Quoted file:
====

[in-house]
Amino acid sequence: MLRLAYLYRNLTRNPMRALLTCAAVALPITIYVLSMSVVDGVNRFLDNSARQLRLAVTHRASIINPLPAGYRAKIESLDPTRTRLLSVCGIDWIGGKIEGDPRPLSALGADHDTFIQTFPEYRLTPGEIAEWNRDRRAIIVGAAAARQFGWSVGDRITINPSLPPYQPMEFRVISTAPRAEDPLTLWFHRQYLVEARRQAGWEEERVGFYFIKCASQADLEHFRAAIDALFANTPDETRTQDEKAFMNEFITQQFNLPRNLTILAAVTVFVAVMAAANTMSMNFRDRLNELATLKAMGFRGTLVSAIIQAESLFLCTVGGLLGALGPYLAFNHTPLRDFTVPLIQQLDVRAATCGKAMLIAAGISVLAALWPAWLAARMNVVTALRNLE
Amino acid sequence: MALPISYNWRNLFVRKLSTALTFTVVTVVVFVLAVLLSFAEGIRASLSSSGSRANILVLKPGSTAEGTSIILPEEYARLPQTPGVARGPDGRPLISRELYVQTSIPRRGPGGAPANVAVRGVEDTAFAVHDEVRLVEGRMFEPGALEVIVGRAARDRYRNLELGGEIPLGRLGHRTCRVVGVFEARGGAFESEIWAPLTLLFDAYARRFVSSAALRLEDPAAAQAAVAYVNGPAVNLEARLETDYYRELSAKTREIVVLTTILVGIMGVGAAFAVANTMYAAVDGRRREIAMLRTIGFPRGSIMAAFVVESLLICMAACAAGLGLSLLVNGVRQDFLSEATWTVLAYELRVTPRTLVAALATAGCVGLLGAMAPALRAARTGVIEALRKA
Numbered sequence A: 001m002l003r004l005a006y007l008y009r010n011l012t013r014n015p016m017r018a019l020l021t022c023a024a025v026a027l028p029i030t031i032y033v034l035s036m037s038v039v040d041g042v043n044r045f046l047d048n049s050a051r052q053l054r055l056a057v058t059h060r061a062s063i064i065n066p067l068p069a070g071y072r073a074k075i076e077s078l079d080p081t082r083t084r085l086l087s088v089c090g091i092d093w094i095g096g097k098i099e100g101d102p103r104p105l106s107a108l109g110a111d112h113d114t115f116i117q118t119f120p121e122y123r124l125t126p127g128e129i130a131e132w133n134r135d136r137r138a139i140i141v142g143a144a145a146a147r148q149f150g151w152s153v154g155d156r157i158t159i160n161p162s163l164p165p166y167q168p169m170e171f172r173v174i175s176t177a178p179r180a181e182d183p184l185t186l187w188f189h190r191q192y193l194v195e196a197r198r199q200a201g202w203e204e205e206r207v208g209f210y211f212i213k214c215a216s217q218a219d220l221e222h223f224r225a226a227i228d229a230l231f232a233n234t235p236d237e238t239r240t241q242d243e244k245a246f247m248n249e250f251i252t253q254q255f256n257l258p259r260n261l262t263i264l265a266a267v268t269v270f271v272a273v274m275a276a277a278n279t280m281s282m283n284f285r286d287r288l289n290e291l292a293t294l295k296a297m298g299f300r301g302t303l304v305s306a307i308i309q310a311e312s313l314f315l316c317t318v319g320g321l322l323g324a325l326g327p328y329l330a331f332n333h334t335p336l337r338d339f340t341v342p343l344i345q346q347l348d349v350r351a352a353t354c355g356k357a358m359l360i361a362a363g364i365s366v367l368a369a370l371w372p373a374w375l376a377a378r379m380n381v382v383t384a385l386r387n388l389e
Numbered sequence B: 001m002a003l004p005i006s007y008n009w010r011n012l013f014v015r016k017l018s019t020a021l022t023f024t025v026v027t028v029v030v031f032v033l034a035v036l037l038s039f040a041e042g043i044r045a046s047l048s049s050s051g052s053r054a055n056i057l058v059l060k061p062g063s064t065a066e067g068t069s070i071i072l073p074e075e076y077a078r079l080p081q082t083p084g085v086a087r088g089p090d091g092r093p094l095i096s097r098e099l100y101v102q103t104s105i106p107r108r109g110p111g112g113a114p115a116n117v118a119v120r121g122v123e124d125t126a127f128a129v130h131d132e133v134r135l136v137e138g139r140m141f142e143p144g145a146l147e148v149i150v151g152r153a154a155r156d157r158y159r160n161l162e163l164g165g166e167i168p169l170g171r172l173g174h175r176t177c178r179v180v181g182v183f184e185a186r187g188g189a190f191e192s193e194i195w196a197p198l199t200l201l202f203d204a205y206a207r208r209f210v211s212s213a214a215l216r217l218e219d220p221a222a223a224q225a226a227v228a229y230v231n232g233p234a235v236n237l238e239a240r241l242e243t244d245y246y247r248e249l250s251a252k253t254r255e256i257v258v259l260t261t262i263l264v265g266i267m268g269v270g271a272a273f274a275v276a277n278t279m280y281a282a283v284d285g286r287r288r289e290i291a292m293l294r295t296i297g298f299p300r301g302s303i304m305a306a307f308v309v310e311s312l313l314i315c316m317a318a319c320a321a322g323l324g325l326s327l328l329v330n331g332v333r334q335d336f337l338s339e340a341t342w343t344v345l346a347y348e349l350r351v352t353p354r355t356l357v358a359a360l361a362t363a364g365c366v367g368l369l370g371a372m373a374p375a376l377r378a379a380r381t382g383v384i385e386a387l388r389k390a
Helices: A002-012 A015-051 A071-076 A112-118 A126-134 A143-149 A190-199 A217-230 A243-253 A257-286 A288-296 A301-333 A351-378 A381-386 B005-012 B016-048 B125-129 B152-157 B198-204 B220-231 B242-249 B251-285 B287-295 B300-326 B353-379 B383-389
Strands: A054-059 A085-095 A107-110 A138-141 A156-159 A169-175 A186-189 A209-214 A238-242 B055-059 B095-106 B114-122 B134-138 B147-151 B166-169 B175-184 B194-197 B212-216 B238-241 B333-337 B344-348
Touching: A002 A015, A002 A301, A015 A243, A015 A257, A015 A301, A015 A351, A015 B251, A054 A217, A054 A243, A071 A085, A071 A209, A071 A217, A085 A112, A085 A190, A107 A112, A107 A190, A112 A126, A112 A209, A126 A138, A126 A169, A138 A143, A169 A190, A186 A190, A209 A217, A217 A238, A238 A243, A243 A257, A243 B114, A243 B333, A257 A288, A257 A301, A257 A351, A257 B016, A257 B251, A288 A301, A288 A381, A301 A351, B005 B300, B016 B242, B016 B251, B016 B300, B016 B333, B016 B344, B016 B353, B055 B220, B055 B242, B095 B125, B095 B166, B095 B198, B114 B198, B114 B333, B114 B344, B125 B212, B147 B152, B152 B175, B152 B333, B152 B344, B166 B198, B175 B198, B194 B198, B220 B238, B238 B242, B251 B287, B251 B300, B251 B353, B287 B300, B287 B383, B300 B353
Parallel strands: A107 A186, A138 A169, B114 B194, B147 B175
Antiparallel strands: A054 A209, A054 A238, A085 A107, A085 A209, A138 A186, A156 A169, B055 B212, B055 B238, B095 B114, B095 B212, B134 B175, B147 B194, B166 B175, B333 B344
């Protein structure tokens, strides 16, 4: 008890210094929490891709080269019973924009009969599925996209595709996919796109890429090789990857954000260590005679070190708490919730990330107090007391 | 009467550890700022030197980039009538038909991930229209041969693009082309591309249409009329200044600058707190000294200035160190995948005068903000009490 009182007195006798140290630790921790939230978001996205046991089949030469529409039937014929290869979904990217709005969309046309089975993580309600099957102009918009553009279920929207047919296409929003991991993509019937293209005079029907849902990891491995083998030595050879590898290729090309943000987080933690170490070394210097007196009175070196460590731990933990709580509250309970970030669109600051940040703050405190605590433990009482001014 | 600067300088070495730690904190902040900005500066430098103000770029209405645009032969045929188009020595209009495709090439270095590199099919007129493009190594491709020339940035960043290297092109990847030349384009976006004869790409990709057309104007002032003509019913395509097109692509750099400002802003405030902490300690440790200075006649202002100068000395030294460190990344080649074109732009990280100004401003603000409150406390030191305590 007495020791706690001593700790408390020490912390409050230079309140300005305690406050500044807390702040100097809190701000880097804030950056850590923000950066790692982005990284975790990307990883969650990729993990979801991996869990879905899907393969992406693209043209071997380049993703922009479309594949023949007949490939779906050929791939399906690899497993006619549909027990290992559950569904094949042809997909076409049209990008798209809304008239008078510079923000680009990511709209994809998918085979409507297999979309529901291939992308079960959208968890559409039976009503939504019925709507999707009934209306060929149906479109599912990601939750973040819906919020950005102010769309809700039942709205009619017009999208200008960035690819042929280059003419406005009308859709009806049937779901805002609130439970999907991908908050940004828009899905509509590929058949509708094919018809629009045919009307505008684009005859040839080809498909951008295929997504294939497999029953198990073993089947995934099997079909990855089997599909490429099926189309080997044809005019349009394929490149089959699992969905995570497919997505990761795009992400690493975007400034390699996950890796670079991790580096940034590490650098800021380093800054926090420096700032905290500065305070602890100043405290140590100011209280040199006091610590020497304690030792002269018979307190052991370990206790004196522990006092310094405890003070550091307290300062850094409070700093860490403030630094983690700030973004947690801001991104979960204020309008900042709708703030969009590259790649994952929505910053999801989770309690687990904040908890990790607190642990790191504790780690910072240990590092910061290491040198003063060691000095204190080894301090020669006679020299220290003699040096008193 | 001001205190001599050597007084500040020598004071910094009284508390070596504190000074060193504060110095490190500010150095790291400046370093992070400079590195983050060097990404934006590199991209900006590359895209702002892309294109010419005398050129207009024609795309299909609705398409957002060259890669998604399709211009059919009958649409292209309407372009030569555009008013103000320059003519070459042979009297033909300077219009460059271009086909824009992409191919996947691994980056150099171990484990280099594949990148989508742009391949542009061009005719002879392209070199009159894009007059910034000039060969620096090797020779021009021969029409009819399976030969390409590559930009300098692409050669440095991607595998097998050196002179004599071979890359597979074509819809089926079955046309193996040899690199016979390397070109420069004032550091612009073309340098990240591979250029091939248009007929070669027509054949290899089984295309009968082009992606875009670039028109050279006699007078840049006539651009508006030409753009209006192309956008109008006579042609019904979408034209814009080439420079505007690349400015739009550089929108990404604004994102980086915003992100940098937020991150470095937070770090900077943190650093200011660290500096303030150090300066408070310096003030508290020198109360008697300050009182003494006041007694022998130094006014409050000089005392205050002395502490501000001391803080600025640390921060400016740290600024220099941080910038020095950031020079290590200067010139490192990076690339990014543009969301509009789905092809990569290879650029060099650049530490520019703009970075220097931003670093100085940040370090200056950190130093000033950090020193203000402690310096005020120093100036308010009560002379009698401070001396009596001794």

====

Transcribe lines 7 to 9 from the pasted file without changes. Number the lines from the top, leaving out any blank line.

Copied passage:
Strands: A054-059 A085-095 A107-110 A138-141 A156-159 A169-175 A186-189 A209-214 A238-242 B055-059 B095-106 B114-122 B134-138 B147-151 B166-169 B175-184 B194-197 B212-216 B238-241 B333-337 B344-348
Touching: A002 A015, A002 A301, A015 A243, A015 A257, A015 A301, A015 A351, A015 B251, A054 A217, A054 A243, A071 A085, A071 A209, A071 A217, A085 A112, A085 A190, A107 A112, A107 A190, A112 A126, A112 A209, A126 A138, A126 A169, A138 A143, A169 A190, A186 A190, A209 A217, A217 A238, A238 A243, A243 A257, A243 B114, A243 B333, A257 A288, A257 A301, A257 A351, A257 B016, A257 B251, A288 A301, A288 A381, A301 A351, B005 B300, B016 B242, B016 B251, B016 B300, B016 B333, B016 B344, B016 B353, B055 B220, B055 B242, B095 B125, B095 B166, B095 B198, B114 B198, B114 B333, B114 B344, B125 B212, B147 B152, B152 B175, B152 B333, B152 B344, B166 B198, B175 B198, B194 B198, B220 B238, B238 B242, B251 B287, B251 B300, B251 B353, B287 B300, B287 B383, B300 B353
Parallel strands: A107 A186, A138 A169, B114 B194, B147 B175